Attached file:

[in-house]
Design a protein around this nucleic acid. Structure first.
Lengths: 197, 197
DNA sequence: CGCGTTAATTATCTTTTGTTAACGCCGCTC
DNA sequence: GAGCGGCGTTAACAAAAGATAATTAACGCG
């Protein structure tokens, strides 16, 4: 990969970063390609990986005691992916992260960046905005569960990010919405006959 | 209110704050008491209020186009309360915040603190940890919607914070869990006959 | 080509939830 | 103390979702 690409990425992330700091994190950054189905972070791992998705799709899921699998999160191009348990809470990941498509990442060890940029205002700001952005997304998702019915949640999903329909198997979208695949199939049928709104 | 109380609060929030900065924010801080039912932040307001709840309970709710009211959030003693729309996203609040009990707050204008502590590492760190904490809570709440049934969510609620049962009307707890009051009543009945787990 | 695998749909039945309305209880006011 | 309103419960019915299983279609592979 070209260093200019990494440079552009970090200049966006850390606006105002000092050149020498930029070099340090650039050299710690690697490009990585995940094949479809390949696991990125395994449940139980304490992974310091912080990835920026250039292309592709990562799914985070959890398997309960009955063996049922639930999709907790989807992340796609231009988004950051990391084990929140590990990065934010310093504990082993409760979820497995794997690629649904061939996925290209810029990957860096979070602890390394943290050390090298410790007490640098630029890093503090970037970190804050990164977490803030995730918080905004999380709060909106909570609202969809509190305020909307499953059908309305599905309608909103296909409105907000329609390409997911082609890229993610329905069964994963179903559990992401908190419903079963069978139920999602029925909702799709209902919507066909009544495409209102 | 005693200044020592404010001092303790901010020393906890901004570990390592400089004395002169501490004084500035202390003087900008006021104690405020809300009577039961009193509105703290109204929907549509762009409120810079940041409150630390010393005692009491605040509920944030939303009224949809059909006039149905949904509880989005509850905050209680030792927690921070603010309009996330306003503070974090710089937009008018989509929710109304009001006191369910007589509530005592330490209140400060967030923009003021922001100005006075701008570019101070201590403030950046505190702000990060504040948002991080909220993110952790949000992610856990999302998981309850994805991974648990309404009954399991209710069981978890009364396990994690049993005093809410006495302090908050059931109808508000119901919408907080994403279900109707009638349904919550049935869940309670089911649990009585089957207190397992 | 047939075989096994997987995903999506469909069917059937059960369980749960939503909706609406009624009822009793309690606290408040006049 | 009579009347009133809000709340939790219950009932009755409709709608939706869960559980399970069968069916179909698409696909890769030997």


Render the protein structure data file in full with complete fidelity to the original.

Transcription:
[in-house]
Design a protein around this nucleic acid. Structure first.
Lengths: 197, 197
DNA sequence: CGCGTTAATTATCTTTTGTTAACGCCGCTC
DNA sequence: GAGCGGCGTTAACAAAAGATAATTAACGCG
């Protein structure tokens, strides 16, 4: 990969970063390609990986005691992916992260960046905005569960990010919405006959 | 209110704050008491209020186009309360915040603190940890919607914070869990006959 | 080509939830 | 103390979702 690409990425992330700091994190950054189905972070791992998705799709899921699998999160191009348990809470990941498509990442060890940029205002700001952005997304998702019915949640999903329909198997979208695949199939049928709104 | 109380609060929030900065924010801080039912932040307001709840309970709710009211959030003693729309996203609040009990707050204008502590590492760190904490809570709440049934969510609620049962009307707890009051009543009945787990 | 695998749909039945309305209880006011 | 309103419960019915299983279609592979 070209260093200019990494440079552009970090200049966006850390606006105002000092050149020498930029070099340090650039050299710690690697490009990585995940094949479809390949696991990125395994449940139980304490992974310091912080990835920026250039292309592709990562799914985070959890398997309960009955063996049922639930999709907790989807992340796609231009988004950051990391084990929140590990990065934010310093504990082993409760979820497995794997690629649904061939996925290209810029990957860096979070602890390394943290050390090298410790007490640098630029890093503090970037970190804050990164977490803030995730918080905004999380709060909106909570609202969809509190305020909307499953059908309305599905309608909103296909409105907000329609390409997911082609890229993610329905069964994963179903559990992401908190419903079963069978139920999602029925909702799709209902919507066909009544495409209102 | 005693200044020592404010001092303790901010020393906890901004570990390592400089004395002169501490004084500035202390003087900008006021104690405020809300009577039961009193509105703290109204929907549509762009409120810079940041409150630390010393005692009491605040509920944030939303009224949809059909006039149905949904509880989005509850905050209680030792927690921070603010309009996330306003503070974090710089937009008018989509929710109304009001006191369910007589509530005592330490209140400060967030923009003021922001100005006075701008570019101070201590403030950046505190702000990060504040948002991080909220993110952790949000992610856990999302998981309850994805991974648990309404009954399991209710069981978890009364396990994690049993005093809410006495302090908050059931109808508000119901919408907080994403279900109707009638349904919550049935869940309670089911649990009585089957207190397992 | 047939075989096994997987995903999506469909069917059937059960369980749960939503909706609406009624009822009793309690606290408040006049 | 009579009347009133809000709340939790219950009932009755409709709608939706869960559980399970069968069916179909698409696909890769030997």